@Bill Monfries
Hmmmm where does one start to address such a nonsensical blithering rant? I guess it’s just a matter of accepting that some are just so entrenched in their political idealism they can’t recognise good government fiscal policy.
Why did you target Alice Springs, specifically, as providing “… the riches of the black hole welfare system.”? Is it because Alice Springs has a high proportion of indigenous people?

I welcome these changes as a step in the right direction. More must be done to shift the heavy tax burden on middle Australia on to those who should be footing the bill. Thanks to Howard we have a regressive tax system where the poor subsidies the rich. This feudalism has created this unter generational inequity. I’m one of the beneficiaries of this rotten system yet even I think it’s gone too far. More balance please!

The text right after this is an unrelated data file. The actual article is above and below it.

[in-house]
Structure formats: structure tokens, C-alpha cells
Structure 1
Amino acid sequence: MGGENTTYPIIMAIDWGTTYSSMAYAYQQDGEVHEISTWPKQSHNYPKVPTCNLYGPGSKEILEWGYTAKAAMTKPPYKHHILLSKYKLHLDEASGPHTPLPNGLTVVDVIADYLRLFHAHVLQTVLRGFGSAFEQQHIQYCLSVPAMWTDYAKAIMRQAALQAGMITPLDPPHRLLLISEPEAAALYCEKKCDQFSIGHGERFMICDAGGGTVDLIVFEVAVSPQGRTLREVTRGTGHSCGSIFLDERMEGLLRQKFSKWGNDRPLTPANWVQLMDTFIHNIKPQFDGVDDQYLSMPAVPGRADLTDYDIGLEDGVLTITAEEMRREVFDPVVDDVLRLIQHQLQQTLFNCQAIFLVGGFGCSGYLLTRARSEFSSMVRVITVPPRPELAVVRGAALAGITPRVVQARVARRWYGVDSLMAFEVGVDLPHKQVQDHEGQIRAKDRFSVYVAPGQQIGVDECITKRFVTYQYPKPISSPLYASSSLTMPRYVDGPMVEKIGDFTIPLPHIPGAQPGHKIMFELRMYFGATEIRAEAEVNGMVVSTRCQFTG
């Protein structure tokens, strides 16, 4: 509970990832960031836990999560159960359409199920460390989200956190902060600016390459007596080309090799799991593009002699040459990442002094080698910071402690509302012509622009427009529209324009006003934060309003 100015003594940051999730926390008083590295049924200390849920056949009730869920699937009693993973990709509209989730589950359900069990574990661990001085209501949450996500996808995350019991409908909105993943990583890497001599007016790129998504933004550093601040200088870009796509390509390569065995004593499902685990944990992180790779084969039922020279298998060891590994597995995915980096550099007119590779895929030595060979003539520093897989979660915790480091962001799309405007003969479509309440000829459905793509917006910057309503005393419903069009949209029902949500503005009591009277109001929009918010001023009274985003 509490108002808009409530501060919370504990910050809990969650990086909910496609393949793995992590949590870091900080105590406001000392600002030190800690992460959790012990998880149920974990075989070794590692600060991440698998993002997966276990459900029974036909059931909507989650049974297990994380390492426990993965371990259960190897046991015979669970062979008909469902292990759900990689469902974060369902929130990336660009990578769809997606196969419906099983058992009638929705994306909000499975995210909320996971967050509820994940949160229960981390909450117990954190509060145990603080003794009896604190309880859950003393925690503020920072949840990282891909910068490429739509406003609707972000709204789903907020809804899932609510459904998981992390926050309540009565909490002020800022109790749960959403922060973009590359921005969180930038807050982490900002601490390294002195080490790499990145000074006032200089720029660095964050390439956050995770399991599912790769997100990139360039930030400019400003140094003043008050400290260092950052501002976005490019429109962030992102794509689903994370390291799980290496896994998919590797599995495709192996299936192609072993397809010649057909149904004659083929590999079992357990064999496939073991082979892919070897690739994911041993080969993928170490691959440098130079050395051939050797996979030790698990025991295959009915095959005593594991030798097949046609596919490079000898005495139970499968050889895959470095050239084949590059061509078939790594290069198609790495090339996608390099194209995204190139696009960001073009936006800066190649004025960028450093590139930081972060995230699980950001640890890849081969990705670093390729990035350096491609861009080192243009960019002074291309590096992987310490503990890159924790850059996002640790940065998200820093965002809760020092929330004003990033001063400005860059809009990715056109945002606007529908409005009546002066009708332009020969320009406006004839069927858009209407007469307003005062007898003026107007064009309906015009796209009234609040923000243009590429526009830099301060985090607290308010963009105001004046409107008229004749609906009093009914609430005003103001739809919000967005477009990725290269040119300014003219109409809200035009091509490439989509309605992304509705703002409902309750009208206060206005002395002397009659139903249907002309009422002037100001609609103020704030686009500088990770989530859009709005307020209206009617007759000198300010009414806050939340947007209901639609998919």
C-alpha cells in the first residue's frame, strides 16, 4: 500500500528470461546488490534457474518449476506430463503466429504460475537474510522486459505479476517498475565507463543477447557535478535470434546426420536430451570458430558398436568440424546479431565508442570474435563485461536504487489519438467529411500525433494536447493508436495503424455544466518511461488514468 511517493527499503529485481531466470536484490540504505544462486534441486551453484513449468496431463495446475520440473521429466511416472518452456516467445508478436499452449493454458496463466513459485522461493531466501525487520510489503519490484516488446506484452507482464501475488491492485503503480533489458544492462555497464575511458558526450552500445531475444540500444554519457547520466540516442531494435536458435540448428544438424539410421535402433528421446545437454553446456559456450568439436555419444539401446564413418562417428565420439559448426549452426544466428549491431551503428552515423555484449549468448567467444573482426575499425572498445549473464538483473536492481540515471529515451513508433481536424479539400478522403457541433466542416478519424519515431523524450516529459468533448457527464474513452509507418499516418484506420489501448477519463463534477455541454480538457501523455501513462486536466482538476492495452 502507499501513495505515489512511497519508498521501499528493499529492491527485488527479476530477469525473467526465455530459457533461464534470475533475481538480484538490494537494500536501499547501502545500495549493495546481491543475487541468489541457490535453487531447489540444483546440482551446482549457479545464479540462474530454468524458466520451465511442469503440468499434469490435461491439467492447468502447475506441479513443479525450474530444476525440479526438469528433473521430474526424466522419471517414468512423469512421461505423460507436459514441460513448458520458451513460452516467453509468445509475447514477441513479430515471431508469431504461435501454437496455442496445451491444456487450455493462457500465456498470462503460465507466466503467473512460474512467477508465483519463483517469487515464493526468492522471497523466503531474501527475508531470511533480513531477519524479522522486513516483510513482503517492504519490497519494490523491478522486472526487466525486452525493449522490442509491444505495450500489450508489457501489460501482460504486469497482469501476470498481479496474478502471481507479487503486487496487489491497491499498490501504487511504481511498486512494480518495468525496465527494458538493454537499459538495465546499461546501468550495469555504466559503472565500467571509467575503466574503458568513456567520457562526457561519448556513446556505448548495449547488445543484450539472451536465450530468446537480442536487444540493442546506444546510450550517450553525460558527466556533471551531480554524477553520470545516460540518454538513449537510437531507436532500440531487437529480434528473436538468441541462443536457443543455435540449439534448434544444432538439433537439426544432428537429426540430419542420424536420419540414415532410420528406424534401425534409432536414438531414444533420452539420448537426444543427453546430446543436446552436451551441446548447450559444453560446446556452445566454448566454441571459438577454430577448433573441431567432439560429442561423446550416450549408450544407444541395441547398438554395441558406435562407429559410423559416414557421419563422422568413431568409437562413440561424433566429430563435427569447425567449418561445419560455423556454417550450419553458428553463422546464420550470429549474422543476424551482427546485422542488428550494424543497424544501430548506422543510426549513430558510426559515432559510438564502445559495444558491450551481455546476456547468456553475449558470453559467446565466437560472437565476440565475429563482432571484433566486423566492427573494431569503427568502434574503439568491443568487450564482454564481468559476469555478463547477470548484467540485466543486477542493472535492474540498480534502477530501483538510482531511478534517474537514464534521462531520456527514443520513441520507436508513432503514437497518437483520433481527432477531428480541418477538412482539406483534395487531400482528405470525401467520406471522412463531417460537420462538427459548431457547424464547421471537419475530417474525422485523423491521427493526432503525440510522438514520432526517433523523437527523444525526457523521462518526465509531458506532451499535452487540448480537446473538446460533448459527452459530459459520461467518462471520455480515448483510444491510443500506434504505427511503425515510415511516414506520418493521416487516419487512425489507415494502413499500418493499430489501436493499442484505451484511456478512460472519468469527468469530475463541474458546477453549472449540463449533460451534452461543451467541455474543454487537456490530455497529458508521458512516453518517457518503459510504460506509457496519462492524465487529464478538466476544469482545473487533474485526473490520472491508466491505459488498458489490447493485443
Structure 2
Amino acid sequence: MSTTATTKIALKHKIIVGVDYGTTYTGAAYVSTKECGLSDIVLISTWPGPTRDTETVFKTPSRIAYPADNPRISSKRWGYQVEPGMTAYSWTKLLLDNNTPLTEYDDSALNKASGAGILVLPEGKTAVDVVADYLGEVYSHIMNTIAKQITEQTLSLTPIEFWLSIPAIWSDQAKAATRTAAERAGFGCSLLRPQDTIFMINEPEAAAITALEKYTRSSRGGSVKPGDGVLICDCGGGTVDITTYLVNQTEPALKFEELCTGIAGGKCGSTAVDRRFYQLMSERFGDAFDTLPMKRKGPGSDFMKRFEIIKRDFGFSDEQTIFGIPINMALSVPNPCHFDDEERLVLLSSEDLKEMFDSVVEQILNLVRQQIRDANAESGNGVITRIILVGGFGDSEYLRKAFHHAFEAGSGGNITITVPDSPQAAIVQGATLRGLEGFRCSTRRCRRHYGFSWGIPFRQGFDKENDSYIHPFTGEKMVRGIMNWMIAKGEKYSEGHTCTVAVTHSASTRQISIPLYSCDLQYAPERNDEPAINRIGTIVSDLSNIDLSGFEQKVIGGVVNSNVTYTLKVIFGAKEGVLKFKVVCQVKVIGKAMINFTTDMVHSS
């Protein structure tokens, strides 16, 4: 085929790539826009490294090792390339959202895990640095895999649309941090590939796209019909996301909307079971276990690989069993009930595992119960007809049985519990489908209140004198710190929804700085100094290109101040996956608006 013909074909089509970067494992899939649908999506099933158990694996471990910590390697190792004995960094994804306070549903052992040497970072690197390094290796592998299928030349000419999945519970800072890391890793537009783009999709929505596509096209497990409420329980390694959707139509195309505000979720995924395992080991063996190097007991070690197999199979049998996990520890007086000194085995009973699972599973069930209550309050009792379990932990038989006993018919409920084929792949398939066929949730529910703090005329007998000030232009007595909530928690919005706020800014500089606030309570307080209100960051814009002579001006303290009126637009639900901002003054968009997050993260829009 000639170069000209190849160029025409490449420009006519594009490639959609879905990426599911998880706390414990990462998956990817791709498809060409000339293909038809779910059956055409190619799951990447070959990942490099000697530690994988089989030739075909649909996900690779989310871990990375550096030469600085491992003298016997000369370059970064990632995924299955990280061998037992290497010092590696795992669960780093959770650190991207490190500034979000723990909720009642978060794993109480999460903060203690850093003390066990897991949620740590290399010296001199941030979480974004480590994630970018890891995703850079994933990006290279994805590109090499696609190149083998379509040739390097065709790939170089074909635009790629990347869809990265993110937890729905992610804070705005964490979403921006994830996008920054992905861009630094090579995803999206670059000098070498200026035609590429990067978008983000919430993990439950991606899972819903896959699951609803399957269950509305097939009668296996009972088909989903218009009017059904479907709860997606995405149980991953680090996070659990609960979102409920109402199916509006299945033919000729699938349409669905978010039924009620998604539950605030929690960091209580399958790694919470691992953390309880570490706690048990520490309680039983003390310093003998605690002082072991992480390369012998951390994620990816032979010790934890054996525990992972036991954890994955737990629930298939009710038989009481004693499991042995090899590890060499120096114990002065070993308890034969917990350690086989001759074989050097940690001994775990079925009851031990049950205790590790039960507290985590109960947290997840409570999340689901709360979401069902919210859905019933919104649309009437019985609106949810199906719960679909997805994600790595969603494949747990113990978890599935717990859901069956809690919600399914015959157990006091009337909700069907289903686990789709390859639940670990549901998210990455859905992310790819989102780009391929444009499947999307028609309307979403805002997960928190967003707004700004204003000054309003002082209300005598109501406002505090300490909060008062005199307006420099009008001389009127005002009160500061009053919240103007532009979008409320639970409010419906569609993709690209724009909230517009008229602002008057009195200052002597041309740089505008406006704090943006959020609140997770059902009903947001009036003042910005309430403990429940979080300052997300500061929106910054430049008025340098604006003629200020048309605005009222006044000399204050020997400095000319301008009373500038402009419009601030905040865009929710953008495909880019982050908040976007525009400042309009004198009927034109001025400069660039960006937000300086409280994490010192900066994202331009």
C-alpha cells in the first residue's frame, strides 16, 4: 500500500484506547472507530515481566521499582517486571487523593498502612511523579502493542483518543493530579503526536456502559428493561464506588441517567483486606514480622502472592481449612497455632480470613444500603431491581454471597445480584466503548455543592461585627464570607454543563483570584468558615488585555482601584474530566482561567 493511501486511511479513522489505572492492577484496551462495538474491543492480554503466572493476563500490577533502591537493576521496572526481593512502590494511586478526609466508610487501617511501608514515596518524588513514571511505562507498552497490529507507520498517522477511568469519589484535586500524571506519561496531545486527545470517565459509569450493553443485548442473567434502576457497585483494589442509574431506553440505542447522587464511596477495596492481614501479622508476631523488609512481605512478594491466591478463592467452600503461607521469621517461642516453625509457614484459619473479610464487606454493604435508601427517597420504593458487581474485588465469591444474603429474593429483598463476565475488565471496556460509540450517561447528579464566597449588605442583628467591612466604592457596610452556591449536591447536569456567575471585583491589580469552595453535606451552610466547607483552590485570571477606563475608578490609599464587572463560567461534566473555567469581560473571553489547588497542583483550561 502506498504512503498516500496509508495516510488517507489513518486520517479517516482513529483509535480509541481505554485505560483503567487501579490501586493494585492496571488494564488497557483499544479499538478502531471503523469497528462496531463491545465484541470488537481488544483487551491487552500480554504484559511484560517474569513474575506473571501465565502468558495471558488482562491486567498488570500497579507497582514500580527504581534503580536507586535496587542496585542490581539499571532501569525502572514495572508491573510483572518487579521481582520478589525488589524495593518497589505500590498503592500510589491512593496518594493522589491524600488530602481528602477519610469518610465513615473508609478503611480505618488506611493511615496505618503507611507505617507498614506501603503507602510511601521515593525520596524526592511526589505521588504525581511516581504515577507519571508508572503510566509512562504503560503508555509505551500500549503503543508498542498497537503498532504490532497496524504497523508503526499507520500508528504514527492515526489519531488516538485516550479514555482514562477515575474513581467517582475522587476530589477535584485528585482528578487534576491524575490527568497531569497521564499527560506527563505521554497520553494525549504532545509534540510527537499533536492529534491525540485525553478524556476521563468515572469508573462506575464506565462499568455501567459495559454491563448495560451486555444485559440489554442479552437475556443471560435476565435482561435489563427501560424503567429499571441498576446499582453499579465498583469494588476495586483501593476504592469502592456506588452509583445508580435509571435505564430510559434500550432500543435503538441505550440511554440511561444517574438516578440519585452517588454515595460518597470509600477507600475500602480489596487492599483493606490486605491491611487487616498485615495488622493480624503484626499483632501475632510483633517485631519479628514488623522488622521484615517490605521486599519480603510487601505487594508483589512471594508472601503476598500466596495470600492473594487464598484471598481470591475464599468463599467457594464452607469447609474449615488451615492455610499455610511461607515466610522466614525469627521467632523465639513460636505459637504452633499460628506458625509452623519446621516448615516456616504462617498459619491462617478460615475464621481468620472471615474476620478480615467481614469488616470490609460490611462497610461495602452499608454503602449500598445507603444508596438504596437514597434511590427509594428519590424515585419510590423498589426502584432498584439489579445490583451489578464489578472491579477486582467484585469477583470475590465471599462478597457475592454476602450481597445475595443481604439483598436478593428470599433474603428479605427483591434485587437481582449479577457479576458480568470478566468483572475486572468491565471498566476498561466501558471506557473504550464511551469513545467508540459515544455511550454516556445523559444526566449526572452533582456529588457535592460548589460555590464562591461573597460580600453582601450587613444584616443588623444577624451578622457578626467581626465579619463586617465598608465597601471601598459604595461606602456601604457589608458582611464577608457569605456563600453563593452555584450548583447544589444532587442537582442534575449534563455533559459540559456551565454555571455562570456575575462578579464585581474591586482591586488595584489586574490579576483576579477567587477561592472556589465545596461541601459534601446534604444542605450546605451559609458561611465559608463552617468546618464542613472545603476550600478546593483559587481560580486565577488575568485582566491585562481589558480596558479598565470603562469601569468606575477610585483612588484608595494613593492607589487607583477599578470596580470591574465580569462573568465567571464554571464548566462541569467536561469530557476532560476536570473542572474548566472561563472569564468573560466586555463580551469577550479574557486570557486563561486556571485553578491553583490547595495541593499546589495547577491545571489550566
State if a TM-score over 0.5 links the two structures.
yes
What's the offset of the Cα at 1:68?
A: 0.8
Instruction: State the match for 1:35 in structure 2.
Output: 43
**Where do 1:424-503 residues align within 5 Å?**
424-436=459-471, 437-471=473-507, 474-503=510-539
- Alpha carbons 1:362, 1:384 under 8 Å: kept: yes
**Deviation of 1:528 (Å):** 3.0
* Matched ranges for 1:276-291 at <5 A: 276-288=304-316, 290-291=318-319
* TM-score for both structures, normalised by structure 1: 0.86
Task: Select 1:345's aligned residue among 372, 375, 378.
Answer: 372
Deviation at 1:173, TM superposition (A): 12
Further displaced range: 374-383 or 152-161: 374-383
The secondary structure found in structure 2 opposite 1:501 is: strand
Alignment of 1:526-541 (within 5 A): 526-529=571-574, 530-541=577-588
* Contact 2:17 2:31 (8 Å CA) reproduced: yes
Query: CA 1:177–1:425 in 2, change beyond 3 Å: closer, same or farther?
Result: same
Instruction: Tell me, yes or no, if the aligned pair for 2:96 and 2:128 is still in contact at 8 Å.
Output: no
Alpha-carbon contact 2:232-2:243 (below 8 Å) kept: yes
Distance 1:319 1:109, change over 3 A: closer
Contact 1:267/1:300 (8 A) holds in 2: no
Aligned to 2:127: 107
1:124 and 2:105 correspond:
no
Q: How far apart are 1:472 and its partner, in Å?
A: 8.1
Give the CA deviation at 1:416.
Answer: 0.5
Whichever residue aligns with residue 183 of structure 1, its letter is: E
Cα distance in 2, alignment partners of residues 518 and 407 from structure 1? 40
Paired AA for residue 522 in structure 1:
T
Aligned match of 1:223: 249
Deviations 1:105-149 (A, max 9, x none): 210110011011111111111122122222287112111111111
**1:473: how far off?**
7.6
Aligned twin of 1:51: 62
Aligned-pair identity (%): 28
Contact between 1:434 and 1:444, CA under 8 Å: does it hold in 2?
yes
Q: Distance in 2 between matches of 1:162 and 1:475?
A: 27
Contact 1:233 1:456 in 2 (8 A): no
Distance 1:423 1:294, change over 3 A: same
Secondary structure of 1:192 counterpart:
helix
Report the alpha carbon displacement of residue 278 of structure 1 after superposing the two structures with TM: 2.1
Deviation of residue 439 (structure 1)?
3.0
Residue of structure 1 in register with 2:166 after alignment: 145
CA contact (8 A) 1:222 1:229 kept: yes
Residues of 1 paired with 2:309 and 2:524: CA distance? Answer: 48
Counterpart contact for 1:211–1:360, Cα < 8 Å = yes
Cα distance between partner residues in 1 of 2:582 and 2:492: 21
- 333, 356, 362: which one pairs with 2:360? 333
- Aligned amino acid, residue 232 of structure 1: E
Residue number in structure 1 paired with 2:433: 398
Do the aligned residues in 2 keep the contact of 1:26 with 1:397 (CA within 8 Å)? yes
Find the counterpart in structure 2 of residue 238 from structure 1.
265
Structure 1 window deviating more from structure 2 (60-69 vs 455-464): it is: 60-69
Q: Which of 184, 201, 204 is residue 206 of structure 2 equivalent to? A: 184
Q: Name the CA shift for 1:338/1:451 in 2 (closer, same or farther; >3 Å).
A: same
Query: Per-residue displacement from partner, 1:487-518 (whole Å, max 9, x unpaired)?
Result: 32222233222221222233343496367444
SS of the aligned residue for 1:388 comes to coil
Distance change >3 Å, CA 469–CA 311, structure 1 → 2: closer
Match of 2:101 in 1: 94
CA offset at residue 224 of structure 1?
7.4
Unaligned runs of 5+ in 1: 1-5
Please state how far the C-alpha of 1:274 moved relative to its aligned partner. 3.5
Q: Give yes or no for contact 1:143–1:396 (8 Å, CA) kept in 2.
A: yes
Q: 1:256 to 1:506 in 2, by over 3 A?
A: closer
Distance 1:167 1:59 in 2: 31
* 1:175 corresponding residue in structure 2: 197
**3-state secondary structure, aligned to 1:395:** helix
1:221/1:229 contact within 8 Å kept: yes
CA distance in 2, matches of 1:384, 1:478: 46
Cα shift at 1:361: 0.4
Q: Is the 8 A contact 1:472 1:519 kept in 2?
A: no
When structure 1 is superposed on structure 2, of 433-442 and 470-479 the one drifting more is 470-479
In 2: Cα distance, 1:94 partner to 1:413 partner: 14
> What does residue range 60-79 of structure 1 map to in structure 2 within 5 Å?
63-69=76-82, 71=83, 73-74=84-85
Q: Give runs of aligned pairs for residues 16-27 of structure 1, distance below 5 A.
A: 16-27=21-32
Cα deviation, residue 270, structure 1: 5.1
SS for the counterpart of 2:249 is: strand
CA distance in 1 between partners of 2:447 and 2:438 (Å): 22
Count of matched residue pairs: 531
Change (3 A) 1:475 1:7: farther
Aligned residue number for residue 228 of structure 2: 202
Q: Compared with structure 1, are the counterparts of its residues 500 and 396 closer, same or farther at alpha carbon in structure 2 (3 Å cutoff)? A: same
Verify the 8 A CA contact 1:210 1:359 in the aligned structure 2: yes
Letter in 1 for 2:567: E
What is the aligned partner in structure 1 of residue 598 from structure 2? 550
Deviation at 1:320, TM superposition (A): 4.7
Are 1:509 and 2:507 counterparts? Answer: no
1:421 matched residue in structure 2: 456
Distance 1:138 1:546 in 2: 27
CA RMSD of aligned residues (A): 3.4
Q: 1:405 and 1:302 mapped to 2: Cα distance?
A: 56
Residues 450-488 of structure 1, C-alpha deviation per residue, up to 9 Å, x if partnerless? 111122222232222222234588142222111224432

Hmm…creeping Communism from a lefty govt…who would have thorught….its another ealth tax by another name.

Then it will be 2 million, then 1 million….\

And the weirds in the W*F say “you will own nothing and be happy”…..yep, because thier lapdog govts have stolen it from you…….

Here is my prediction – given that our Super appears to have been set up as a “honey pot” to be raided – back in the 1930s, the US Govt forced everyone to put thier gold in Fort Knox. Then stole it – people never got it back. Look it up, historic fact.

Now……Australians forced to put all thier money in super…..a big fat honey pot to fund the next war…or other calamity…..

One never knows with govts, expecially ones who would coerce people to take an untested medical procedure under the threat of being unemployed.

Trust – what trust. Its gone. The day they showed thier true colours during covid , was the day they lost the public trust forever.